The last time the renowned Ukrainian choir Vesnivka travelled to Ukraine was 28 years ago, in 1991.
This spring, Vesnivka will be returning to Ukraine for a tour through Western Ukraine. The choir will also visit Poland.
As the choir’s conductor Halyna Kvitka Kondracki explained, the reason for the tour is to show off Ukrainian Canadian composers.
“We don’t just come here to work and to make money, we also really care about the culture,” Kondracki said. “We’re going to bring to Ukraine a program of Ukrainian Canadian composers, so it’s the songs that they have not heard. We have a number of very good Ukrainian composers in Canada.”
The tour will start in Poland, and then will move to Lviv and Ivano-Frankivsk. The bulk of the concerts will be performed by the choir, Kondracki also hopes to partner up with other performers.
“A lot of us live in a Ukrainian little ghetto, singing at the same little place for the same people. And it’s important to see what the world offers as far as music is concerned, and there are fabulous choirs,” Kondracki said. “And when you go to festivals and you hear choirs from all over the world you realize ‘hey, you know, we’re good but there are much better choirs’ and there is something to work towards.”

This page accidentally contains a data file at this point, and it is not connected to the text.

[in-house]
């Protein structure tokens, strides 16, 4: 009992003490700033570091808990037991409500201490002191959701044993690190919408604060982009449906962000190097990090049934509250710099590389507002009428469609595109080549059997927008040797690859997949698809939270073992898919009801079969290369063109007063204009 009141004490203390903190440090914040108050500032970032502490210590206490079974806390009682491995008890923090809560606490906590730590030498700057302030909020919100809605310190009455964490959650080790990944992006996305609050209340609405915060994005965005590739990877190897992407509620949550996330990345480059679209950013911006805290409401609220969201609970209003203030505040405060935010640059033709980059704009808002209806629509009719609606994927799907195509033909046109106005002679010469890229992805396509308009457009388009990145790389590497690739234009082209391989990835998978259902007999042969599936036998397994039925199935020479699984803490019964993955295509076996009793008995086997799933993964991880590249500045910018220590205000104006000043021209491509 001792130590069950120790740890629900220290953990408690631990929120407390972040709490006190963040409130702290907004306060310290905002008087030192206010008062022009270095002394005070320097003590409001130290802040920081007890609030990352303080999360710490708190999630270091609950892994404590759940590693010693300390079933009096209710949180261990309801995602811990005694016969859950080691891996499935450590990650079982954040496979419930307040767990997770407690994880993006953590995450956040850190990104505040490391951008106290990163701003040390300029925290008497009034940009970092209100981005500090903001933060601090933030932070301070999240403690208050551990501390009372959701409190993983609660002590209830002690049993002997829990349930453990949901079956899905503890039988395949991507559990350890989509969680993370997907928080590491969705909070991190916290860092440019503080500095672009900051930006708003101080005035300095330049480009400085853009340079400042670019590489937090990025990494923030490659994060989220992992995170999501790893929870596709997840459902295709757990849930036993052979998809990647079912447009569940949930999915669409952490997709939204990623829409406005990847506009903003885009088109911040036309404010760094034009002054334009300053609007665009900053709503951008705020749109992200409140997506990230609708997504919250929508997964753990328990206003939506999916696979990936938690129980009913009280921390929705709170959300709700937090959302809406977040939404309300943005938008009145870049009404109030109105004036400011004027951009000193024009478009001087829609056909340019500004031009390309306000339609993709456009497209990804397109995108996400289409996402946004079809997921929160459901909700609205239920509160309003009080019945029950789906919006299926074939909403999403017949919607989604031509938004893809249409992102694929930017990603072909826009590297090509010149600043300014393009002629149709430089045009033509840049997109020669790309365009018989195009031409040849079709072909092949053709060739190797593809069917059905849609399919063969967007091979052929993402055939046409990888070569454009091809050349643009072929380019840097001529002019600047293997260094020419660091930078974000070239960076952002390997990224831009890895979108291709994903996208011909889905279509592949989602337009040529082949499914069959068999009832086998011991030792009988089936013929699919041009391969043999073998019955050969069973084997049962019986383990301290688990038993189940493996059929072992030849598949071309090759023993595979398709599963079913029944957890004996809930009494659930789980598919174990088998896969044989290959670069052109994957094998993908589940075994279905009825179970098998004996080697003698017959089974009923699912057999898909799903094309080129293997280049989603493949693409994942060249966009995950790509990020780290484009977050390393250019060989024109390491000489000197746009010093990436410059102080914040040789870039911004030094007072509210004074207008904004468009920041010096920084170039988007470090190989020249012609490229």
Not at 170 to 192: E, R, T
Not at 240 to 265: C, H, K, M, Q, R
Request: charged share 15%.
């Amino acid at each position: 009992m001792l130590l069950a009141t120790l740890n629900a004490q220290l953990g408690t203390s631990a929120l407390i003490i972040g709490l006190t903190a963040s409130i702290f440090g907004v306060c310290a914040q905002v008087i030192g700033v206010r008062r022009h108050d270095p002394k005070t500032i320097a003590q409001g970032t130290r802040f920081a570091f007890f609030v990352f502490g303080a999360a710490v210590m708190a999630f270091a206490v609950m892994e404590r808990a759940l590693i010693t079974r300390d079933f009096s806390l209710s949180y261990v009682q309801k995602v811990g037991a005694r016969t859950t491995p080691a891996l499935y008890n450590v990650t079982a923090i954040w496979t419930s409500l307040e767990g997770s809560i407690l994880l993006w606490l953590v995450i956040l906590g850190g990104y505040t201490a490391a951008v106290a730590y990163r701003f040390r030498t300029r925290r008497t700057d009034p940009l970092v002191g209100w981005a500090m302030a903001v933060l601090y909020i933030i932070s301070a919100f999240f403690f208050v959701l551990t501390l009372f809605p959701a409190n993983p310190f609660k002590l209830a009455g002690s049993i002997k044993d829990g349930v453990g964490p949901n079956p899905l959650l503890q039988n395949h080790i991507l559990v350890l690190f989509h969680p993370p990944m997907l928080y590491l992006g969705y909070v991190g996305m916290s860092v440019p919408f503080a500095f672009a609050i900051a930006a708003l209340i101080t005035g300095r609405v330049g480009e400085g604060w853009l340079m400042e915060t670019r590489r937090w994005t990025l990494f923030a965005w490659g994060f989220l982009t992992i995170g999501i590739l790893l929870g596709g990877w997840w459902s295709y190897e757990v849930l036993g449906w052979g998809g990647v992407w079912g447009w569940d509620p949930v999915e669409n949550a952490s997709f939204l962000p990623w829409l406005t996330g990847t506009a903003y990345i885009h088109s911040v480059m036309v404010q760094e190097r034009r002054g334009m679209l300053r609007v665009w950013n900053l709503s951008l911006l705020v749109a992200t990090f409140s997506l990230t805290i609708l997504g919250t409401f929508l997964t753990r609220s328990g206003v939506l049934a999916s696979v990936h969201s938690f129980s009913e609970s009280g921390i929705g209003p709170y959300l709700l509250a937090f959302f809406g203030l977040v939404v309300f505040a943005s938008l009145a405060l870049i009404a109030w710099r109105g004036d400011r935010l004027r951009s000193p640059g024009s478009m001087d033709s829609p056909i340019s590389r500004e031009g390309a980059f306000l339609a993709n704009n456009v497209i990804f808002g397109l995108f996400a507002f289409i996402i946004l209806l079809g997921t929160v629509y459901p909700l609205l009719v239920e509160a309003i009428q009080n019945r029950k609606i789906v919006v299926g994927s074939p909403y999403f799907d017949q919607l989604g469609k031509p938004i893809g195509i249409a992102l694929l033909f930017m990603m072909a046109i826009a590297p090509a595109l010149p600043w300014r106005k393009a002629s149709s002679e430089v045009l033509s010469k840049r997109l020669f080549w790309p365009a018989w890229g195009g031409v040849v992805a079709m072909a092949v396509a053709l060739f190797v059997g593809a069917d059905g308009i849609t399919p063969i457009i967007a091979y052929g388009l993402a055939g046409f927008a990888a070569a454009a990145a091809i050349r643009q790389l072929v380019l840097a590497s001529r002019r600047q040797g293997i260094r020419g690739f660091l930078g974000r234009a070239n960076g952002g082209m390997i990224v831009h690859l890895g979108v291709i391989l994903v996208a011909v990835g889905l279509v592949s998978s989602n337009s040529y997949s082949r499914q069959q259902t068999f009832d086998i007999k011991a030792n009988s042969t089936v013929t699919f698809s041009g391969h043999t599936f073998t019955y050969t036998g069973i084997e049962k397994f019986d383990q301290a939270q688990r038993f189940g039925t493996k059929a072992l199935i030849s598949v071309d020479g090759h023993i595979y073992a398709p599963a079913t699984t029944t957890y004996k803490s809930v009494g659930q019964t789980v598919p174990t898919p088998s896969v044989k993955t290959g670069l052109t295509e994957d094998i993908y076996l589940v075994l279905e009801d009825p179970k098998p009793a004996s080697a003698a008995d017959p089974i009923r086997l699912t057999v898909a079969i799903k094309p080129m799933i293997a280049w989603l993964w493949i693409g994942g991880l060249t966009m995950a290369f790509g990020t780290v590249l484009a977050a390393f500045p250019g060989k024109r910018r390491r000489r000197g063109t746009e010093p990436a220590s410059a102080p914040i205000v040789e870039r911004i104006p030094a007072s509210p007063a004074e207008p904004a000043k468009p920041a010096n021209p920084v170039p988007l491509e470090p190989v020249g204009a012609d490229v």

Vesnivka looks towards other choirs to adopt their practice techniques, but keeps its repertoire original. “We are here to promote Ukrainian music,” said Kondracki. Lately, the choir has taken part in Carmina Burana at Festival 500 in Newfoundland, and joined the Orpheus choir at Koerner Hall. There, they performed the premier of Larysa Kuzmenko’s The Golden Harvest. Commemorating the 125th Anniversary of Ukrainian immigration to Canada.
“If we are asked to take part in a mass choir then we do. We have been asked, which is very exciting for a Ukrainian choir,” she said.
Vesnivka has travelled across Canada, Europe cities and South America, and taken part in many competitions and festivals.
Kondracki started Vesnivka at St. Nicholas Ukrainian Catholic School in downtown Toronto in 1965. She would stay behind with the girls and teach them singing.
“I could see that you could do something with that,” she said. “At one time I had 75 girls singing in the choir. Girls came from other schools to join.”
Vesnivka now is 54 years old, while most of its members have been with the choir for 30-40 years. Every year, the choir gives three concerts within a new program, starting in September.
The name of the choir – “Vesnivka” – has mysterious origins.
“I’m not sure who picked it. There’s Vesnivka, there’s Vesnianka. People call us all sorts of things,” said Kondracki. “There’s a song by Markian Shashkevych ‘Vesnivka’, which means ‘young spring’.”
Next year Vesnivka plans a concert tribute to Alexander Koshetz, a Ukrainian composer and choral conductor. Then, a traditional Christmas concert, which always falls on the first Sunday after Rizdvo, will come. The following year, there will be a Concert of Light, where the choir will be looking at different love songs: flirting, songs of love and despair, motherly love, young love, passionate love.
The details of the upcoming Ukraine-Poland tour will be available at www.vesnivka.com.